Find out exactly what you need to get a great recording on a super tight budget in Guerrilla Recording with Beau Burchell.

Beau is a vocalist, guitarist, producer, and founding member of Saosin – his discography includes credits on songs from The Bronx, From First to Last, and The Bled. In Guerrilla Recording, Beau will show you how to walk into any recording situation and make the most of it.

Whether you are making do with with 1 mic, 3 mics, or a fully staffed studio – Beau will help you focus in on the details that will really make a difference on your track. You’ll learn best practices for recording vocals, guitars, drums, and bass on the cheap. Beau will also talk about workflow and how to listen to your track to make sure you captured the best sound.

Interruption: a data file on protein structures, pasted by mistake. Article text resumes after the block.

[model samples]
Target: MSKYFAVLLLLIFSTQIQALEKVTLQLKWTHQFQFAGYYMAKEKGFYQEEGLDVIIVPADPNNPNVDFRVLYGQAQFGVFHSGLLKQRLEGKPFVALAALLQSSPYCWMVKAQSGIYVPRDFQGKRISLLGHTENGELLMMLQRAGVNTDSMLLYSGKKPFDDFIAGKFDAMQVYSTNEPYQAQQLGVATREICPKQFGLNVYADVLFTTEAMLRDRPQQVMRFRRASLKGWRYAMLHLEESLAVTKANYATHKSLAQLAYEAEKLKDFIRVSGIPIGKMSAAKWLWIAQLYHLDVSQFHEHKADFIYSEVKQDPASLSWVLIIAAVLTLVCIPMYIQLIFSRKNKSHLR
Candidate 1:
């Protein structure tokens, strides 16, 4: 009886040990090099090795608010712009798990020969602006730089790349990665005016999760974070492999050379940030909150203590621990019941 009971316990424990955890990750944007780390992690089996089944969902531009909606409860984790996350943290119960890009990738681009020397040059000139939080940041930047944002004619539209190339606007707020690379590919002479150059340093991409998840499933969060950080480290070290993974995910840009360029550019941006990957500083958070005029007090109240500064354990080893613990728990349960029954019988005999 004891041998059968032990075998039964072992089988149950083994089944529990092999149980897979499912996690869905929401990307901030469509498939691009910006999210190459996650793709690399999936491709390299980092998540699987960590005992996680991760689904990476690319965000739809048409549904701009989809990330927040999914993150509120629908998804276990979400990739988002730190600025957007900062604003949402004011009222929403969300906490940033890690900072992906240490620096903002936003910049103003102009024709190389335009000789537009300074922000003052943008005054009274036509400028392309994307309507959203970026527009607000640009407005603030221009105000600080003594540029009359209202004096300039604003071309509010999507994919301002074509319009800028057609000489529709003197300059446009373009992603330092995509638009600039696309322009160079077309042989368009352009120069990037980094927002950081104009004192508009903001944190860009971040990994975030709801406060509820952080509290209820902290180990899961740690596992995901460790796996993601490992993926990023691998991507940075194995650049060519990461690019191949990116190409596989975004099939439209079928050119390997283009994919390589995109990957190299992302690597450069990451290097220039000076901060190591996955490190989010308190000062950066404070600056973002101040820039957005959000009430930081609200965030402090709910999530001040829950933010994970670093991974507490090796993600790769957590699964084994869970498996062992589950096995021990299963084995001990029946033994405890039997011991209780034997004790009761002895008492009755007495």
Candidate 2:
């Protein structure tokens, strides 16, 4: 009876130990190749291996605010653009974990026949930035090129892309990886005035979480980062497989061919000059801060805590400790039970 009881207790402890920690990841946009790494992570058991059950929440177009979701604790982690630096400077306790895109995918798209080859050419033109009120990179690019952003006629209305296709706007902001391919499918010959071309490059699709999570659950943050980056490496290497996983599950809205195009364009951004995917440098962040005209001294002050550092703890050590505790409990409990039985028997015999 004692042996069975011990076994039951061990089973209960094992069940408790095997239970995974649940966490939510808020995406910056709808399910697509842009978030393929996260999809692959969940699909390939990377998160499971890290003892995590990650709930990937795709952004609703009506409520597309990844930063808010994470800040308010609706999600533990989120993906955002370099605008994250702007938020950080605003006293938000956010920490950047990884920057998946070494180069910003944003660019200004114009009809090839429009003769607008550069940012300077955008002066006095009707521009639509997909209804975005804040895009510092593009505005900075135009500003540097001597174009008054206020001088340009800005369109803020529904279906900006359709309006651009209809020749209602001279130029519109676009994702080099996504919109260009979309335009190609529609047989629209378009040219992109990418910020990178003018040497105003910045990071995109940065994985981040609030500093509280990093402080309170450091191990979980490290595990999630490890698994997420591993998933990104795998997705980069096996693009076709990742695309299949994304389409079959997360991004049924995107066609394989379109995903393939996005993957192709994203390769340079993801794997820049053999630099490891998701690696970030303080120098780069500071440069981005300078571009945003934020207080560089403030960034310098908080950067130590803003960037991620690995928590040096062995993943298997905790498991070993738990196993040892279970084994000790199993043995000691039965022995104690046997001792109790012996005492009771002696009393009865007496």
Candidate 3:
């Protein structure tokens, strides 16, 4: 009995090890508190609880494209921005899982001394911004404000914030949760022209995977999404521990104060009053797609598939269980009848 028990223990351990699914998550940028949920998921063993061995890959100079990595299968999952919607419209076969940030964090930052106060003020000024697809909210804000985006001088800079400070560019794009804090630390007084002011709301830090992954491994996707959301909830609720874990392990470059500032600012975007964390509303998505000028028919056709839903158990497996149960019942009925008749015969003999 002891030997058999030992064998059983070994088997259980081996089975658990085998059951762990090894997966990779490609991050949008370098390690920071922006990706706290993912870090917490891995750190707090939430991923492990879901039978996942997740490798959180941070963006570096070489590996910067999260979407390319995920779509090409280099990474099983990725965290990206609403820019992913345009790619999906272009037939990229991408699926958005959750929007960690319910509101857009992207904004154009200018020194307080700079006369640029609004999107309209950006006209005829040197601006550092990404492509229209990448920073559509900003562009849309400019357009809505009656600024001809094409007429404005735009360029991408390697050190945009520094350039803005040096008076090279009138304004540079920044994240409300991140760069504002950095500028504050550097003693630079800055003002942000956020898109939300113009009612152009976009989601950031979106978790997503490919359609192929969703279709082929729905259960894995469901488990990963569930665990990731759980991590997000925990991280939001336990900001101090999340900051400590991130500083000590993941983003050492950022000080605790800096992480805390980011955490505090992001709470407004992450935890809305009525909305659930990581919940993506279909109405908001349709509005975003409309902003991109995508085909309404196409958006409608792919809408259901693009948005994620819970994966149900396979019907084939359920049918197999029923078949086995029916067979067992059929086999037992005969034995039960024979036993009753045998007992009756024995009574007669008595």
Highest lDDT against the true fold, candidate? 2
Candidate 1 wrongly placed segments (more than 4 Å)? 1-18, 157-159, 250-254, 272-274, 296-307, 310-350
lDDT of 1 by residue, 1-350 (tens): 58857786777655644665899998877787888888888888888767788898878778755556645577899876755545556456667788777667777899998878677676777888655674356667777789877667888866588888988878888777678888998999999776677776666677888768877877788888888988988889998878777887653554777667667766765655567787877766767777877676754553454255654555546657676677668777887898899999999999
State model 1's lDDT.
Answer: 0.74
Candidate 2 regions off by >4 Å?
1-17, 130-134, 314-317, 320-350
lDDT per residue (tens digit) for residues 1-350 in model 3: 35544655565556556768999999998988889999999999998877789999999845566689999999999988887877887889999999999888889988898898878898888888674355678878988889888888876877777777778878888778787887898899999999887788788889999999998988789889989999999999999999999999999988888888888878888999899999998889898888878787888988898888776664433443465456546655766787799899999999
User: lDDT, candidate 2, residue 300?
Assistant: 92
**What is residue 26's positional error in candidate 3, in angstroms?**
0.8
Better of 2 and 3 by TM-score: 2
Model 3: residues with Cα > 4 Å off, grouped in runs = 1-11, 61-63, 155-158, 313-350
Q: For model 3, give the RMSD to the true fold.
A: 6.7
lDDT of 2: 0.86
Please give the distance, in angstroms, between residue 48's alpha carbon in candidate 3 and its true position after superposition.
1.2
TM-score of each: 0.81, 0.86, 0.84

You don’t need a big budget and high dollar equipment to get a quality recording. Learn the gear and techniques you need to get the sound you want.

Featuring a live studio tracking session with Beau and Seattle band Lo, There Do I See My Brother